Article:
When it comes to caring for a loved one who is living with dementia or Alzheimer’s disease, it can feel like the caregiver needs reservoirs of patience and understanding. Yet, caregivers have their own lives, their own setbacks and needs, and probably limited supplies of patience and understanding.
One family caregiver recommends following the acronym, CARE. This list is what not to do. Do not:
That is, when someone living with dementia is talking about something that happened 30 years ago as if it’s the present, or insists on something absurd as fact, the nest thing a caregiver can do for themselves is to CARE. There is no advantage to either party when an argument ensues about whether or not one person is right or wrong.
When a family caregiver shared this sentiment on Facebook recently, she received a lot of thanks—and understanding!
“My Mom tried so hard to include my ailing Dad in all decisions,” a family caregiver shared. “So hard on both of them. Learned a lot what and what not to do.”
Another said, “It [arguing] only increases their agitation, it makes you short tempered to argue about little issues.”
One woman heartily agreed that caregivers should avoid arguments with a care recipient living with dementia. “So true!!! Because in the end it is your nerves that are wrecked, and they don’t know why you are agitated.”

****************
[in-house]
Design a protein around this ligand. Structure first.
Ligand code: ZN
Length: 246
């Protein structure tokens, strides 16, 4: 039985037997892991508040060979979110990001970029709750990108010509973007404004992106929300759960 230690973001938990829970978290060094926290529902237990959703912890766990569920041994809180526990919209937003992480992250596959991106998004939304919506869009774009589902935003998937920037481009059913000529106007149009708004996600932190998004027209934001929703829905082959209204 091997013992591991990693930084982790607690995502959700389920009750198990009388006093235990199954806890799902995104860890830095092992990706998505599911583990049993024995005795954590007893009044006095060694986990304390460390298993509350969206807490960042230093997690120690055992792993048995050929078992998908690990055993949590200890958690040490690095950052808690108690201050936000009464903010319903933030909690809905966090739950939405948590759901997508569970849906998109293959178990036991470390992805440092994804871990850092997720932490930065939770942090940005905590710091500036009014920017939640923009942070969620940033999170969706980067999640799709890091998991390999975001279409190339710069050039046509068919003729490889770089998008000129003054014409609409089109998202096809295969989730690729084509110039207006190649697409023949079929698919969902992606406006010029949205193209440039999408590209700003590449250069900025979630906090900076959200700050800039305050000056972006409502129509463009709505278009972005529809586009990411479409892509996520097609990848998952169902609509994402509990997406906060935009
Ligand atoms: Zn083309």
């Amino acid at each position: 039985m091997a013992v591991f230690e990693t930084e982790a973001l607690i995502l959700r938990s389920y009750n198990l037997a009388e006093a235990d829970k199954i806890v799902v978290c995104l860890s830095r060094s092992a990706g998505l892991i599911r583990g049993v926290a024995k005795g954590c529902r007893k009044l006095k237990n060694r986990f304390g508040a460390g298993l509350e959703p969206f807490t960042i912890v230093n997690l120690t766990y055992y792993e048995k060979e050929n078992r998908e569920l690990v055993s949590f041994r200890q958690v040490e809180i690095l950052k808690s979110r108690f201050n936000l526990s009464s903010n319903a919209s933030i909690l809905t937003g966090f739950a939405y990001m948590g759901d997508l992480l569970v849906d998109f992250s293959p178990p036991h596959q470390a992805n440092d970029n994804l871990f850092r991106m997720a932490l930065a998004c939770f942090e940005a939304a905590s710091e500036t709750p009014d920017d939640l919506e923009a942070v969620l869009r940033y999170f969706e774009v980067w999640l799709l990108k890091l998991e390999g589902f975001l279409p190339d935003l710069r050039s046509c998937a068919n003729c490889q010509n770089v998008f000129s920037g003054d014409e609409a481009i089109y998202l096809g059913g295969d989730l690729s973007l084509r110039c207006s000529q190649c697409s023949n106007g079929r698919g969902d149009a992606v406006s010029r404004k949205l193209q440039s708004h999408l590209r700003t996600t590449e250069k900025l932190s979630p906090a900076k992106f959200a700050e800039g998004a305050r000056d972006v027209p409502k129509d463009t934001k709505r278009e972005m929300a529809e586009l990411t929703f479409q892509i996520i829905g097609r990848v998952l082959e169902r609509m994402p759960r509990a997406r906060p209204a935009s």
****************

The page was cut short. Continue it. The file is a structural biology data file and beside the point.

Several years ago, experts coined the phrase, “geriatric fiblet” to describe the “necessary” white lies told to elder loved ones to redirect them or keep them calm. In a Psychiatric Times article, Dr. James M. Ellison, MD and Dr. David Hsu, MD, wrote that, “Lies that reduce suffering and stress in patients unable to fully appreciate the cause of distress can be beneficial.”
Or, put another way, “Truth telling does not cure brain disease.”
The Alzheimer’s Association provides a checklist to prevent agitation in someone living with Alzheimer’s disease or dementia: create a calm environment, avoid environmental triggers such as noise, monitor personal comfort, simplify daily life, provide opportunities for exercise. Next, the offer suggestions on how to respond: listen, be reassuring, contact their doctor, engage them in activities, and they say not to argue with them.
Perhaps just follow this advice from a family caregiver who also embraces the CARE philosophy: “You have to agree with whatever they say and that will keep down arguments. If they say the grass is blue say yes.”
Any kind of caregiving is going to require coordinating with other people and entities, such as doctors, therapists, insurance, maybe other family members or non-medical caregivers. This is called coordinated care.
We have created a library of support for family caregivers who may find themselves overwhelmed or confused as the symptoms of Alzheimer's disease.
Caregiving and relationship expert, Barry J. Jacobs, has a new book that focuses on marriage for people a couple of decades into their matrimonial journey.